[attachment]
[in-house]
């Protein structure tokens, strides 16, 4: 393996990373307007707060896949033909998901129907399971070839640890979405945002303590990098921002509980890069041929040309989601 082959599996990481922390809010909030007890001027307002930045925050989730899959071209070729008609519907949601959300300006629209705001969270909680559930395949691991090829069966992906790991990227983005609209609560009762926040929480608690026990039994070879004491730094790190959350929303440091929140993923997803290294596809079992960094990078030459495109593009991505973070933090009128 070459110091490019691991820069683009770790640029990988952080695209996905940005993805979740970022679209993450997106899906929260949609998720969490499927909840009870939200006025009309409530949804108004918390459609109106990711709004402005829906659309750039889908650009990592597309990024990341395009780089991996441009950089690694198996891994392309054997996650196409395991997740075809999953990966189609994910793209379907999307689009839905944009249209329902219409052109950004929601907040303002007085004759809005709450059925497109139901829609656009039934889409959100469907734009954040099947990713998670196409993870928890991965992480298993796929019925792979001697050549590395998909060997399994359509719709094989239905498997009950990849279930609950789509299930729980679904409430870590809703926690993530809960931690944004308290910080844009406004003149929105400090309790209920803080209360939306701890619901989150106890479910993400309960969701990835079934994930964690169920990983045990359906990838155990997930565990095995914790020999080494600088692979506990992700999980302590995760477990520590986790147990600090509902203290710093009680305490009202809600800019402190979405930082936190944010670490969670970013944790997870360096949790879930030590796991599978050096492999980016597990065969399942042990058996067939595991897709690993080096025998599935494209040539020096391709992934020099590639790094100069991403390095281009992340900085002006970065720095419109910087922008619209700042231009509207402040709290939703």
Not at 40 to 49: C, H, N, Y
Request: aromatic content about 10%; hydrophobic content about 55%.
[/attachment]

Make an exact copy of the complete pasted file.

[in-house]
């Protein structure tokens, strides 16, 4: 393996990373307007707060896949033909998901129907399971070839640890979405945002303590990098921002509980890069041929040309989601 082959599996990481922390809010909030007890001027307002930045925050989730899959071209070729008609519907949601959300300006629209705001969270909680559930395949691991090829069966992906790991990227983005609209609560009762926040929480608690026990039994070879004491730094790190959350929303440091929140993923997803290294596809079992960094990078030459495109593009991505973070933090009128 070459110091490019691991820069683009770790640029990988952080695209996905940005993805979740970022679209993450997106899906929260949609998720969490499927909840009870939200006025009309409530949804108004918390459609109106990711709004402005829906659309750039889908650009990592597309990024990341395009780089991996441009950089690694198996891994392309054997996650196409395991997740075809999953990966189609994910793209379907999307689009839905944009249209329902219409052109950004929601907040303002007085004759809005709450059925497109139901829609656009039934889409959100469907734009954040099947990713998670196409993870928890991965992480298993796929019925792979001697050549590395998909060997399994359509719709094989239905498997009950990849279930609950789509299930729980679904409430870590809703926690993530809960931690944004308290910080844009406004003149929105400090309790209920803080209360939306701890619901989150106890479910993400309960969701990835079934994930964690169920990983045990359906990838155990997930565990095995914790020999080494600088692979506990992700999980302590995760477990520590986790147990600090509902203290710093009680305490009202809600800019402190979405930082936190944010670490969670970013944790997870360096949790879930030590796991599978050096492999980016597990065969399942042990058996067939595991897709690993080096025998599935494209040539020096391709992934020099590639790094100069991403390095281009992340900085002006970065720095419109910087922008619209700042231009509207402040709290939703």
Not at 40 to 49: C, H, N, Y
Request: aromatic content about 10%; hydrophobic content about 55%.